The combination of salty and freshwater led to an incredible diversity of marine life. Blue swimming crabs, green moray eels, barracudas, snapper, and tarpon fish had been spotted here. It can be snorkeled, swam, or even kayaked along its entire 250-yard length. Deep diving isn’t really possible but open water diving is a wonderful experience. It is one of the Aktum system output of freshwater to the Caribbean sea. Divers can navigate through passages and fissures in the limestone.

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Aktun Ha (Carwash)

Aktun Ha stands for “cave filled with water” in Mayan. This easily accessible cenote is a large open-air one located alongside the road, 8 km from Tulum pueblo. It has a beautiful underwater botanical garden with rock formations where fish and turtles meander that makes it different from other cenotes. Interesting caves for scuba diving. It is one of the fewest low-crowded cenotes.

The entire cenote is like a large crystal clear swimming pool, sparkling with a lush green bottom. 185m of underwater space. Tunnels of rock lead to underground and underwater caves such as “The Room of Tears”. This is an easy cavern dive, and the cavern spaces are very large. The way-in seems dark, but sunlight is always visible.

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Sac Actun

Sac Actun is an underground cave system measured at 347.7km long. It is the longest underwater cave system in Mexico and the second-longest in the world. It is completely underground, the entrance is open and provides a small area where you can float in the beautiful turquoise water. The light from the flashlight illuminates the icicle-like stalactites dangling from the ceiling of the cave, making them sparkle as if it had tiny diamonds on it. Locals say there is some greater power present at the cenote keeping visitors safe. It is believed to date back to the Pleistocene period, around 2,6 million years ago.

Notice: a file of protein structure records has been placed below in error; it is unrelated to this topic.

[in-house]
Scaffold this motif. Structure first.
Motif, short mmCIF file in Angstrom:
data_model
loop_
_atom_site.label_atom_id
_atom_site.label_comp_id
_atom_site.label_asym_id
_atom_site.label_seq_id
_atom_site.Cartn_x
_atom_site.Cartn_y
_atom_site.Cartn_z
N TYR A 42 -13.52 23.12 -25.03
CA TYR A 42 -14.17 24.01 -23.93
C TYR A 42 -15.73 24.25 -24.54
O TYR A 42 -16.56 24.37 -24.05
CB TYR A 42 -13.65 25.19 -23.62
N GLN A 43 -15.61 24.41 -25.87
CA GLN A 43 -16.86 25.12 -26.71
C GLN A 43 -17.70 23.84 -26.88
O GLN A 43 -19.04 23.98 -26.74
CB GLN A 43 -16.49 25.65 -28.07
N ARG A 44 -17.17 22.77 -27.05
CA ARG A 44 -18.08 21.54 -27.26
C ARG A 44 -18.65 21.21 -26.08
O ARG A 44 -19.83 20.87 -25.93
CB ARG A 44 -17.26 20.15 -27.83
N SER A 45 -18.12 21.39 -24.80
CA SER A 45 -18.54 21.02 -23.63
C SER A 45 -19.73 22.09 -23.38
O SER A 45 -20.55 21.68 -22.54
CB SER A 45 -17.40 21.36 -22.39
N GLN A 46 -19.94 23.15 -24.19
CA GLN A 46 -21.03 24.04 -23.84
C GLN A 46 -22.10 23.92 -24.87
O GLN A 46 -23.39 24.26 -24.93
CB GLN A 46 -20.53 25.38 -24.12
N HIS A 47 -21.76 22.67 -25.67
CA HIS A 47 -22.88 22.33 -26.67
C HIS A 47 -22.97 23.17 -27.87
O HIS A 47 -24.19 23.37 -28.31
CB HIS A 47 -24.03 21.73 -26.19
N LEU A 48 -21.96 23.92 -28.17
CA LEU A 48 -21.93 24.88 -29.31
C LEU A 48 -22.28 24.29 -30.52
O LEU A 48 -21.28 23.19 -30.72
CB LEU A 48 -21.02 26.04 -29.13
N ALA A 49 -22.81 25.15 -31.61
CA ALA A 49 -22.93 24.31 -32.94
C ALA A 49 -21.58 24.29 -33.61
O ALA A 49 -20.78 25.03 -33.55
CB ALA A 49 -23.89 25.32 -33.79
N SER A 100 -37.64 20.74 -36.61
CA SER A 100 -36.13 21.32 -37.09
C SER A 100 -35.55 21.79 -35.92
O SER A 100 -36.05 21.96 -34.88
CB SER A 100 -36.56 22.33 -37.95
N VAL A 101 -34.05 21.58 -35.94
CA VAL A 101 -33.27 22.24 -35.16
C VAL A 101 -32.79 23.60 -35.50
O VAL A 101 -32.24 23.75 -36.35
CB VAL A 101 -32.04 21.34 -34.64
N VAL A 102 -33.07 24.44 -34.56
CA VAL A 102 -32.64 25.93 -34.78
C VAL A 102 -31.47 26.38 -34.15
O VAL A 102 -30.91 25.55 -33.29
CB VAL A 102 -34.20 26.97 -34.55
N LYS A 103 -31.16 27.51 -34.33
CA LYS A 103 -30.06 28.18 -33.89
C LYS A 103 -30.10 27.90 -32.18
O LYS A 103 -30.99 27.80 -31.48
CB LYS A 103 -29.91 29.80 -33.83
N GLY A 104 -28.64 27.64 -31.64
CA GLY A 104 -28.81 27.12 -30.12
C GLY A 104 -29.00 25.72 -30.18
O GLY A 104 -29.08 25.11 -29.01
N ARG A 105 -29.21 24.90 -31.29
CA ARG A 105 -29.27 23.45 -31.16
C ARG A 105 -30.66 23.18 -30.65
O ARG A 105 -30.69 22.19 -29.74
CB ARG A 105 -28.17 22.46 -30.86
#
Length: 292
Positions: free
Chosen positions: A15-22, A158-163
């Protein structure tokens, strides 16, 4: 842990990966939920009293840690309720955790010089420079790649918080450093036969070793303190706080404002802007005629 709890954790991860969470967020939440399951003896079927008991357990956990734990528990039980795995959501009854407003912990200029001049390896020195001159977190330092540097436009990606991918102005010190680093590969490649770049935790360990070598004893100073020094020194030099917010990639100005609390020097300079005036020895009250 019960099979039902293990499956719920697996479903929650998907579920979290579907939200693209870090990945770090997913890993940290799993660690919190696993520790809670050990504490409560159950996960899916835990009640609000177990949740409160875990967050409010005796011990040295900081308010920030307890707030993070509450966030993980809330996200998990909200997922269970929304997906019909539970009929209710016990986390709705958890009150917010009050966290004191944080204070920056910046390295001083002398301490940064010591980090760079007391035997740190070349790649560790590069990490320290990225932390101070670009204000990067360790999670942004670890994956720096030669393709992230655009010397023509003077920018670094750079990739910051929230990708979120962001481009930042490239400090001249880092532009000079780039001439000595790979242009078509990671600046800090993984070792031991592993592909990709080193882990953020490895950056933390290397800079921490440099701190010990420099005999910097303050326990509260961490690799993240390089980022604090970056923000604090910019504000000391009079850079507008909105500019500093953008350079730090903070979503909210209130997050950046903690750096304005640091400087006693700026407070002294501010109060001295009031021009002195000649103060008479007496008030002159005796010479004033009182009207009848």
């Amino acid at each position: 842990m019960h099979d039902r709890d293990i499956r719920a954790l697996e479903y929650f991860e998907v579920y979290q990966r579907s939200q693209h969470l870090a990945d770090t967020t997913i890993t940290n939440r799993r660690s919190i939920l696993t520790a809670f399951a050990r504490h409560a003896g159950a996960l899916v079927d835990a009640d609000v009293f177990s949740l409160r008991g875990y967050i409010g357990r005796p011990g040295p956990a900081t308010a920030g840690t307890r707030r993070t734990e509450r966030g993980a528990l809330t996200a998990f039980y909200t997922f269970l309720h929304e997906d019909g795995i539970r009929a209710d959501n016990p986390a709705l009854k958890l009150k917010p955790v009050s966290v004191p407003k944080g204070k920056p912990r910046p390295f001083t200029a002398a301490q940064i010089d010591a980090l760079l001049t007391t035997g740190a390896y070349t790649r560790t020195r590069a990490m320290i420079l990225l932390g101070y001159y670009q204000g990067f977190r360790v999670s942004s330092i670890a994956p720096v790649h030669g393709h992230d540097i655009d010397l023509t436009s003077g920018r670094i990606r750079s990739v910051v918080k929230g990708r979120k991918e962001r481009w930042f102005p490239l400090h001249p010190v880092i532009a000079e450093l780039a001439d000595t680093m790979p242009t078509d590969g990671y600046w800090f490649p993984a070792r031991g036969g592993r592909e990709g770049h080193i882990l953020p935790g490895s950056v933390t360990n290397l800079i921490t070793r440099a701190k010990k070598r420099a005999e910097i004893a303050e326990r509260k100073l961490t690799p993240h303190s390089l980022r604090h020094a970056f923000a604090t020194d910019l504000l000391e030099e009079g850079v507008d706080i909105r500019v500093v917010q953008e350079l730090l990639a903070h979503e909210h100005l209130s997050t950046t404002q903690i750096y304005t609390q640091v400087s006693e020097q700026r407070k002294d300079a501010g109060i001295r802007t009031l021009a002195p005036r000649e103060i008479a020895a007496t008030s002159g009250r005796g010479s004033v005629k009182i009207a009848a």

The deepest point is 101,2 meters. It’s also homes to many archaeological discoveries, some dating as far back as 2,6 million years ago. It is not one of the main tourist cenotes and it’s located on privately owned property, so it won’t be as crowded as others. Water temperature stays around 20°C.

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El Pit

Named after its topography, The Pit Cenote is 22km north of Tulum, after a bumpy dirt road. A deep and rugged gash on the jungle floor. You will find basic restroom facilities and wooden steps all the way down to the entrance, which is steep and narrow. Sunbeams, formations, and a hydrogen sulfide cloud. Tree branches can be seen from above the cloud. After the cloud, what seems to be the cavern floor becomes visible. You can see the layer made of bacteria that dissolve the organic material, which is harmless for humans. Beautiful light beams light up this deep cavern dive. There is a weird but interesting sensation when diving into the fog. The deepest part of this cenote is around 40 meters. It is also the deepest part of the huge Dos Ojos System.

Temperature is around 26 °C. Entering small underwater cameras are free of charge, but if you want to bring professional gear, you might need to pay. In the depth, it’s possible to see ancient human remains from the time there was no water. Scary but amazing.

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Recommended post: Top 10 Cenotes in Riviera Maya

If you are looking for a cenotes circuit, you can book a transportation open service and set yourself the route including the cenotes of your choice.